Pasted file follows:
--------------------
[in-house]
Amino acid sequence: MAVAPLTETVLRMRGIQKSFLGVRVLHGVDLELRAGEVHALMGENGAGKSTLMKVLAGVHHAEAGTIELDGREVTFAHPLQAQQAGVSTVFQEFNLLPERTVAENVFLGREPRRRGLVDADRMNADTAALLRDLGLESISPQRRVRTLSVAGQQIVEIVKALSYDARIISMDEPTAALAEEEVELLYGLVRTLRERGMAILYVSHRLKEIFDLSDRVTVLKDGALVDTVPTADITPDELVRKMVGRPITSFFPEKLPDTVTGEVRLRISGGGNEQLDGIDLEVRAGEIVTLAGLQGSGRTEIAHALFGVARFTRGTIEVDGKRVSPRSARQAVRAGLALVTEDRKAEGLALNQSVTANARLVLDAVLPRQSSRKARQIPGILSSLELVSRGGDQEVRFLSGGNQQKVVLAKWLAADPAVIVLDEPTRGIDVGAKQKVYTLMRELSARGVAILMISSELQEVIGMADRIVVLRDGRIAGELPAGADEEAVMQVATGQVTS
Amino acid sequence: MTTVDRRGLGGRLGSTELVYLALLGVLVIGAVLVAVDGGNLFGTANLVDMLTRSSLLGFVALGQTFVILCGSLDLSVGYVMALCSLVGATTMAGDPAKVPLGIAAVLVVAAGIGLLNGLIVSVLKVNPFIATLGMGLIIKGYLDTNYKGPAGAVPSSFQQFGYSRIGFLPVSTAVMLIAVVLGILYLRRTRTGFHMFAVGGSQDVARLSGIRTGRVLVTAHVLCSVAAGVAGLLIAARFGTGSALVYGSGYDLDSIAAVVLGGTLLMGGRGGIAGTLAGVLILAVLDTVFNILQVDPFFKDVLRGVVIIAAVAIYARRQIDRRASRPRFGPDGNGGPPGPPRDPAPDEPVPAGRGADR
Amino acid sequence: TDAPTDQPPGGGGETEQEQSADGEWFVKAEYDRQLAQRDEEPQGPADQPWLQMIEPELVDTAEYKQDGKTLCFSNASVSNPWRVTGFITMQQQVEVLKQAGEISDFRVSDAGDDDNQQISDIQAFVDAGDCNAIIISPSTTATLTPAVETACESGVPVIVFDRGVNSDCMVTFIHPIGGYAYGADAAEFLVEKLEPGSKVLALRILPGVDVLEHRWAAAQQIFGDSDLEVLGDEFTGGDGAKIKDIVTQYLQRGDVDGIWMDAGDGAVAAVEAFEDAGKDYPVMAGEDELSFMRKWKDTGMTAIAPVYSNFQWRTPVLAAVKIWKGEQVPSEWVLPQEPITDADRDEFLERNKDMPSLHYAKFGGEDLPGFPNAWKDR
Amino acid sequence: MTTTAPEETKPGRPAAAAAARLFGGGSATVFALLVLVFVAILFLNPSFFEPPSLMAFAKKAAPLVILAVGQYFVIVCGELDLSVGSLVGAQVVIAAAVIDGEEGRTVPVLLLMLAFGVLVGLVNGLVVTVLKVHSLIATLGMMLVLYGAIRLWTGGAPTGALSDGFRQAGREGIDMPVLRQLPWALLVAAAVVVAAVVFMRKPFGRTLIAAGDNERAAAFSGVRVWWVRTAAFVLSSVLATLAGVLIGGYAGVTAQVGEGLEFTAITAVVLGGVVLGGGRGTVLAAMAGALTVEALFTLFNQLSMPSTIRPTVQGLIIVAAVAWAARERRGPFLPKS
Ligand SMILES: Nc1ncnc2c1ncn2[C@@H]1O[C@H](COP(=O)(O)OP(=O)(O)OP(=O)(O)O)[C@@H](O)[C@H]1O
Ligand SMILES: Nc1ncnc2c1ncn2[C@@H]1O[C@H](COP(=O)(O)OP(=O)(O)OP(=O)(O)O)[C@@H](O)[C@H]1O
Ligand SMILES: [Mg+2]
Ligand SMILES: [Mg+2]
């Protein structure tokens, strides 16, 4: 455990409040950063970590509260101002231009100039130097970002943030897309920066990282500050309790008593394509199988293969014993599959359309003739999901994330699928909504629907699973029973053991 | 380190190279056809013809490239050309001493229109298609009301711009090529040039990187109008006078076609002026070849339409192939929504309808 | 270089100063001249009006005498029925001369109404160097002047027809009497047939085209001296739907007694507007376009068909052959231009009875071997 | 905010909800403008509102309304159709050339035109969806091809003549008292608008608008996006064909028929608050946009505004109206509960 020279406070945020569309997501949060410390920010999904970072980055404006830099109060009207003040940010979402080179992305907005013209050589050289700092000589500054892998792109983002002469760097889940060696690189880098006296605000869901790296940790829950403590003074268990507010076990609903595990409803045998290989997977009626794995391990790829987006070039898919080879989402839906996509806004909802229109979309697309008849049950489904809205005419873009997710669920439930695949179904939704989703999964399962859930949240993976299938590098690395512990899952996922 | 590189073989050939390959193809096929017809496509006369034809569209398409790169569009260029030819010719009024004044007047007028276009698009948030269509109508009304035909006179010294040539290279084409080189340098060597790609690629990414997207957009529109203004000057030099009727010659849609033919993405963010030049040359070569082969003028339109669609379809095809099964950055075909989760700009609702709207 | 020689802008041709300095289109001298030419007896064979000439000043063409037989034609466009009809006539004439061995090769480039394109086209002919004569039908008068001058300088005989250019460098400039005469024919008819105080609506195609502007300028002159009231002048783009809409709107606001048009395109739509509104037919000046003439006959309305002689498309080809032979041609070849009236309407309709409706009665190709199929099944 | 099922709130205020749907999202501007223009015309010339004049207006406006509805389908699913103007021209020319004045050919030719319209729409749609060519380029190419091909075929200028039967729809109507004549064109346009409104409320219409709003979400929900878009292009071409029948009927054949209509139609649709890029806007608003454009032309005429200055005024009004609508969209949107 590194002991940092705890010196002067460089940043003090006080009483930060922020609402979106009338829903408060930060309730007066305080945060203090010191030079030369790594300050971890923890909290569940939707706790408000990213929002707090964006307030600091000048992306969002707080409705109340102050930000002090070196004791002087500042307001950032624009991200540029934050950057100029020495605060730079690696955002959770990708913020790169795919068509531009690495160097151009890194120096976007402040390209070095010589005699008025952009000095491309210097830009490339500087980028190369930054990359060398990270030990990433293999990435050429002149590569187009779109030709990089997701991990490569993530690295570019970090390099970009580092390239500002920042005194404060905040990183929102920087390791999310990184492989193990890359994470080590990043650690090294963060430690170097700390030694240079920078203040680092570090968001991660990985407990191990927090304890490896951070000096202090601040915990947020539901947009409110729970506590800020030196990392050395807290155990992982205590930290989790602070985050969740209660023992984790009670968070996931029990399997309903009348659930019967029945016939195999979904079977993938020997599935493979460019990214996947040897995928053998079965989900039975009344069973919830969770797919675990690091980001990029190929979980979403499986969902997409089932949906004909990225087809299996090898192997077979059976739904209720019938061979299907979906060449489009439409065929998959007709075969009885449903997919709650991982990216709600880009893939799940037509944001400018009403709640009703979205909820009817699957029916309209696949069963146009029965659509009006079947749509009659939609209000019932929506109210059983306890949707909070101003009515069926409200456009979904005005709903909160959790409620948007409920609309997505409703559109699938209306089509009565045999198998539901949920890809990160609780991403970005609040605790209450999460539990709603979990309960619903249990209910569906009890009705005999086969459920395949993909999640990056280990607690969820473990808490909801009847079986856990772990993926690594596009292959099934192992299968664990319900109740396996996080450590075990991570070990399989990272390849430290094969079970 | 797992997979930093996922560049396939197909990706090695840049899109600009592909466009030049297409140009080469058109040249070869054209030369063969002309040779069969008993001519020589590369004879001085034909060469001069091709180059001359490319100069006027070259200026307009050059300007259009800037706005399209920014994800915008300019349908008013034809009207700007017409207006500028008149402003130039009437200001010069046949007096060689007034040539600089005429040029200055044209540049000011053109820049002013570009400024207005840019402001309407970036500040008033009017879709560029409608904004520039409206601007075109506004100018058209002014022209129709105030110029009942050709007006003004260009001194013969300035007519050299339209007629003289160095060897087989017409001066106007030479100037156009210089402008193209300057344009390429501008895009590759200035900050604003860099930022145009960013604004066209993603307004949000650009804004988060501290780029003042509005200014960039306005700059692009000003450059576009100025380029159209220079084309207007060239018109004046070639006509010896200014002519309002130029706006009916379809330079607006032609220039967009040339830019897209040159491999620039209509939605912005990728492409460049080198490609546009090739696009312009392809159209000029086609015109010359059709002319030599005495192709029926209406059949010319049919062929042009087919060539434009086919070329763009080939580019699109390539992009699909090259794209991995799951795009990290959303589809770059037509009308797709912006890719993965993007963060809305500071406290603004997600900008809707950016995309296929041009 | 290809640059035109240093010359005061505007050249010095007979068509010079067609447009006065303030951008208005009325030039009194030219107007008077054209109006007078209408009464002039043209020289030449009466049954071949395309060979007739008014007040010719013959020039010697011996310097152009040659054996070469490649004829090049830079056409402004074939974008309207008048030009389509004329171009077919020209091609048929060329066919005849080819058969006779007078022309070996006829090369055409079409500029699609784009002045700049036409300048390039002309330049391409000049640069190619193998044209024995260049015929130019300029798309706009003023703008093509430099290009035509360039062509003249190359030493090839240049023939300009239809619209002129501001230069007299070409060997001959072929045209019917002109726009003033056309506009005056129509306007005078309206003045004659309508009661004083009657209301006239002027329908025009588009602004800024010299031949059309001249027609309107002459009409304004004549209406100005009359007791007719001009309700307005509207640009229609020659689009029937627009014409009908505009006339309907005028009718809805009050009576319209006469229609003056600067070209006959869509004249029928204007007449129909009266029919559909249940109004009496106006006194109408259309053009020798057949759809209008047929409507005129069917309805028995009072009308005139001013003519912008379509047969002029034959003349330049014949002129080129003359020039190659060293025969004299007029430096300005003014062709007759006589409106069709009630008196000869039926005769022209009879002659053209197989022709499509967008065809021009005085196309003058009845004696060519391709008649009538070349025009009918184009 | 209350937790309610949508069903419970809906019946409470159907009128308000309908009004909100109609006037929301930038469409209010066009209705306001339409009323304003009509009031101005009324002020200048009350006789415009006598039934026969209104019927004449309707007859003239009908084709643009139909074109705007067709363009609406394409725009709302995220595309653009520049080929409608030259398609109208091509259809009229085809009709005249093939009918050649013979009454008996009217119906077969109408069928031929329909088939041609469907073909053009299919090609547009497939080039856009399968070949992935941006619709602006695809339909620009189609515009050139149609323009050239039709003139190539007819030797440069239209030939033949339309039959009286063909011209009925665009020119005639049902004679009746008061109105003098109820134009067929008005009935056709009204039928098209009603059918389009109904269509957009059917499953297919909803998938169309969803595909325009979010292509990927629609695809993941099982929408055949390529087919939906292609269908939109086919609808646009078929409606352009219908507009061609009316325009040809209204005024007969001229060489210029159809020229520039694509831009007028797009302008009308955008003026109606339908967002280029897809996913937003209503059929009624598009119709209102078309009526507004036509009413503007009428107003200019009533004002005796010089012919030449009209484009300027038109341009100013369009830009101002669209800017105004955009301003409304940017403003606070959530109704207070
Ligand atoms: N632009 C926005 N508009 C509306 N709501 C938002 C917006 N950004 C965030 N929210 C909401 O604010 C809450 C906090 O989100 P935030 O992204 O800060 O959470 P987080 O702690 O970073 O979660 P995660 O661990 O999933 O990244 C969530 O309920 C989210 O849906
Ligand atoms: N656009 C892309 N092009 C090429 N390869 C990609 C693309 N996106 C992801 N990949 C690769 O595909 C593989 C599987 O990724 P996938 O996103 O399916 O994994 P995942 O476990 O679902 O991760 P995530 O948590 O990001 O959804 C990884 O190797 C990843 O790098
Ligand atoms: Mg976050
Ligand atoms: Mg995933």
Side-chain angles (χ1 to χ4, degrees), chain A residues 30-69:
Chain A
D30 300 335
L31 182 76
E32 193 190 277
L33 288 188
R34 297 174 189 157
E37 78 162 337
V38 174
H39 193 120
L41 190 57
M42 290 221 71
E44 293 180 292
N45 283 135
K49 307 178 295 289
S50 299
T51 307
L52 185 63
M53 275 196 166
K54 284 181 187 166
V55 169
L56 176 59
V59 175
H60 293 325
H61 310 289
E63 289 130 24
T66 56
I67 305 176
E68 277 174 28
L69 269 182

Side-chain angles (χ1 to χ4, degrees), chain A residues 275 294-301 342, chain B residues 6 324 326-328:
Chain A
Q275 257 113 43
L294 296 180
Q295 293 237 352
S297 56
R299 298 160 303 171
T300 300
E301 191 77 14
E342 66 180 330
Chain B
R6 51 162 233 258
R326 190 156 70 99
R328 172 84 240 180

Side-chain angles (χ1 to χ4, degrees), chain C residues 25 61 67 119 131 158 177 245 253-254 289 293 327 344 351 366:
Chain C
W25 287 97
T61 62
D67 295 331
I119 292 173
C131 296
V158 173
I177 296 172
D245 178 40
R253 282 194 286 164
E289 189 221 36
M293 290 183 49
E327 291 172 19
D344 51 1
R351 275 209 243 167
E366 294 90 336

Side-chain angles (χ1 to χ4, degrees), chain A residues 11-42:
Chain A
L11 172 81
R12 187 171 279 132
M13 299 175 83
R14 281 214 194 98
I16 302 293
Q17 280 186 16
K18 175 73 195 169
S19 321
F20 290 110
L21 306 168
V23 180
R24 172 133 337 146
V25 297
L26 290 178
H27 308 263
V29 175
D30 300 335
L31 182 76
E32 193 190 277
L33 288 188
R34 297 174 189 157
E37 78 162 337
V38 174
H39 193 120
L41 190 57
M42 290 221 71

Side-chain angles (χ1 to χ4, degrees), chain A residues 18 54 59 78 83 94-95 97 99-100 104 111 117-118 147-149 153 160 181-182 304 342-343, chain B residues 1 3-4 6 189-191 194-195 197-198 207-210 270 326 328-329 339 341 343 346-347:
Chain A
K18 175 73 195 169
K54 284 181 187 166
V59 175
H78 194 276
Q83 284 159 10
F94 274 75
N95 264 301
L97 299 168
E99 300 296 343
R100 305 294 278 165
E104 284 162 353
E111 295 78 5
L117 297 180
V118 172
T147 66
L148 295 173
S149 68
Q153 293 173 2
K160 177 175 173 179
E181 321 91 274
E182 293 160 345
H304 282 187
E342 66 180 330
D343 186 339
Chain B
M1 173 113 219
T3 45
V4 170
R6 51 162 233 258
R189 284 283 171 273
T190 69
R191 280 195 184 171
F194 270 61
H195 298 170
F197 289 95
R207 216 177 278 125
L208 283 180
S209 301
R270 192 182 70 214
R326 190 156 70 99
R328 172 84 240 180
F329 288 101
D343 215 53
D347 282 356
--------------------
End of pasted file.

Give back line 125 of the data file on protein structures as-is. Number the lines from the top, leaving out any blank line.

E181 321 91 274